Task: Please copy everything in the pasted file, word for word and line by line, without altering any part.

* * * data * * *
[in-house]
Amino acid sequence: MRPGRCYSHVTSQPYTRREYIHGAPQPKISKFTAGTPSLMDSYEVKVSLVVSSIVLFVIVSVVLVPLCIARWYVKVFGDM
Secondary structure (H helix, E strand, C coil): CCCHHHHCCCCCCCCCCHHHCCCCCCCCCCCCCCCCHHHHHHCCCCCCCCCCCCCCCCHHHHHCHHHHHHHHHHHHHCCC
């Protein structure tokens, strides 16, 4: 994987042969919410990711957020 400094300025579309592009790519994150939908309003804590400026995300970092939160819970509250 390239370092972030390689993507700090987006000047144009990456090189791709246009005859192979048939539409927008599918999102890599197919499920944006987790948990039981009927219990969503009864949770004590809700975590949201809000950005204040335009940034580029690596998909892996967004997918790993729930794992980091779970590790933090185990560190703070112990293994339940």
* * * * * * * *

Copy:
[in-house]
Amino acid sequence: MRPGRCYSHVTSQPYTRREYIHGAPQPKISKFTAGTPSLMDSYEVKVSLVVSSIVLFVIVSVVLVPLCIARWYVKVFGDM
Secondary structure (H helix, E strand, C coil): CCCHHHHCCCCCCCCCCHHHCCCCCCCCCCCCCCCCHHHHHHCCCCCCCCCCCCCCCCHHHHHCHHHHHHHHHHHHHCCC
């Protein structure tokens, strides 16, 4: 994987042969919410990711957020 400094300025579309592009790519994150939908309003804590400026995300970092939160819970509250 390239370092972030390689993507700090987006000047144009990456090189791709246009005859192979048939539409927008599918999102890599197919499920944006987790948990039981009927219990969503009864949770004590809700975590949201809000950005204040335009940034580029690596998909892996967004997918790993729930794992980091779970590790933090185990560190703070112990293994339940």